Earlier this month, the City of Asheville kicked off the new year by kicking paper pay stubs in favor of e-mailed payroll info. The move, which grew out of a Business Technology Improvement Project passed by Asheville City Council in 2009, reduces paper use by the city and increases accurate databasing and record keeping.
According to City of Asheville Human Resources Analyst Carol Nguyen, approximately 800 city employees who utilize city email addresses received digital pay info on the first payday of the year. That will mean 800 sheets of paper saved every two weeks, or 20,800 sheets over the course of the year .
“This is a cost reduction to the city, as well as an advancement of its goals for sustainability,” Nguyen said.
Currently, employees receive payroll info through City of Asheville email addresses, but an enhancement of the system will soon mean employees can see their info by accessing the database directly. That step will mean the inclusion of City of Asheville staff who do not operate with city email addresses such as seasonal temporary employees. Eventually, vacation requests and sick days will be logged as well, a move that project head Eric LaRue says will further strengthen efficiency in the organization.
“We are greatly increasing our accountability and eliminating the opportunities for errors, which for a government can be as important as cost savings,” LaRue said.
Digitized pay stubs (most employees already receive their pay via direct deposit) is another step in the unveiling of the city’s emerging suite of business tech applications, including digital work orders and business license applications, that make up the cross-departmental Munis system. Information Technology Director Jonathan Feldman notes, “all of these moves increase the city’s ability to manage information and transactions without printing hard copies.”
The annual point in time count that tracks the demographics, causes and population of those experiencing or at risk of experiencing homelessness in the Asheville and Buncombe County community takes place on Wednesday, January 26. The count, which is used to provide accurate data about the state of homelessness in the community, constitutes a partnership across multiple city and county departments, agencies and stakeholders.
This number reflects an estimate derived from the annual Point in Time Count. This year the count takes place on Wednesday, January 26th. Staff from homeless agencies, volunteers, and people who are experiencing homelessness will work together to count everyone who is homeless or at risk of homelessness on the night of January 26th.
In addition to shelters and other housing programs, the Buncombe County Department of Social Services, Buncombe County Jail, police from Asheville, Montreat, Biltmore Forest, Black Mountain, Woodfin, and Weaverville, the Mission Hospital, the Charles George VA Medical Center, United Way’s 2-1-1, and agencies that provide crisis services to people in our community will help with the count.
Data collected during the count includes demographic information, causes of homelessness, where people are sleeping, and information about chronic homelessness, veteran status, and other subpopulation data. The count will include individuals and families staying outside, in shelters, and in other housing programs for people experiencing homelessness.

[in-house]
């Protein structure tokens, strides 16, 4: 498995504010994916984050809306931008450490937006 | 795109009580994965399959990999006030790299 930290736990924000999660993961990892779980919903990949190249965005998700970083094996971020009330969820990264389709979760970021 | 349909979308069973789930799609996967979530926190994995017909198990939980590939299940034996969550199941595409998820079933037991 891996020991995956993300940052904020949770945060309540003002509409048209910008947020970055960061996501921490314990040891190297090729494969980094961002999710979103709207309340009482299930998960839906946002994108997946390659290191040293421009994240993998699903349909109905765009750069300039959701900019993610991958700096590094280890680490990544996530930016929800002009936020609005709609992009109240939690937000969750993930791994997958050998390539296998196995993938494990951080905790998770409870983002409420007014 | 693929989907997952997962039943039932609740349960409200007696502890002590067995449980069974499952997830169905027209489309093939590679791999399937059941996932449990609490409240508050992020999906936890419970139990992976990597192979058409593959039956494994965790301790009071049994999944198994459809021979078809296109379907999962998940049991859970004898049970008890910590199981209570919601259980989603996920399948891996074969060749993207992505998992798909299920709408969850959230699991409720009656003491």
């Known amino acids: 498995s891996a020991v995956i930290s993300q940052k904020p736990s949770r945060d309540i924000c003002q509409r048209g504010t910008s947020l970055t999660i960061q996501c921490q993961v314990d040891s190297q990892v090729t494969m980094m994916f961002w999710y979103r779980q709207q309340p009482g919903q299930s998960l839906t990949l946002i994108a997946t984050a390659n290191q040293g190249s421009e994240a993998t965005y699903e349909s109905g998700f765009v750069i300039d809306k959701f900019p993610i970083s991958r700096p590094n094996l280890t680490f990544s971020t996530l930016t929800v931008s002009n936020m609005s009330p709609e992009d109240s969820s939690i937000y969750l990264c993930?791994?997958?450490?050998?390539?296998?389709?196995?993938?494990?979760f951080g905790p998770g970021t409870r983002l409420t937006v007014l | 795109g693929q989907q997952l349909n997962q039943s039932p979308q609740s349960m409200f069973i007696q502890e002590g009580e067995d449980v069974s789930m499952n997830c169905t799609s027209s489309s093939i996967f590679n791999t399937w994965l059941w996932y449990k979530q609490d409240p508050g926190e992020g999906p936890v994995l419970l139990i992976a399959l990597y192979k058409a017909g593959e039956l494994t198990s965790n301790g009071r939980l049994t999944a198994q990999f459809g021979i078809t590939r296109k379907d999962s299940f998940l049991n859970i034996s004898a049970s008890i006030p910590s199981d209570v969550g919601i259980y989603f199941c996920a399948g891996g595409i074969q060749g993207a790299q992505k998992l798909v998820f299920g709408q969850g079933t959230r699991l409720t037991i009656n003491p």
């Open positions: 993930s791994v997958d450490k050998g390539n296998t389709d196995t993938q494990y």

A presentation at Asheville-Buncombe Technical College on Saturday Jan. 22 offered a glimpse at what could be the future of transportation in Asheville’s River Arts District, and attendees had the chance to give their input into how they envision changes in the corridor.
The presentation was the first in a series of public input opportunities and the latest step in the planning and design phase that has so far seen extensive informational and outreach sessions with community stakeholders, committees and project partners.
Members of the public browse conceptual maps of transportation options in Asheville's River Arts District at the Jan. 22 presentation.
“We’ve had over 30 meetings and presentations since the kickoff of the planning process [in June 2010],” said Stephanie Pankiewicz, of LandDesign, the company contracted by lead consultants Wilbur Smith and Associates to conduct the input process. “We are trying to make sure we interact with a range of interests and community members.”
Asheville city staff and council members were invited to see a preview of the information on Jan. 21.
The River Arts District Transportation Project addresses a 2.2-mile section of the larger Wilma Dykeman RiverWay Plan adopted by Asheville City Council in 2004 and focuses on portions of Lyman Street, Riverside Drive and surrounding properties. A series of maps, photos and overlays at the presentation showed opportunities for alternative street alignment, greenways, bike and river access and on-street parking. See literature associated with the River Arts District Transportation Project here.
Public input is being collected for the project, which is centered on areas around Lyman Street.
Over the course of the next year, there will be several more opportunities for members of the public to weigh in on their preferred design alternatives, followed by a public hearing in 2012.
City of Asheville Transportation Planner Dan Baechtold, who was on hand to answer questions at the presentation, notes that such input is critical to the larger planning process, one that is intended to expedite the implementation of the riverway plan as funding is identified.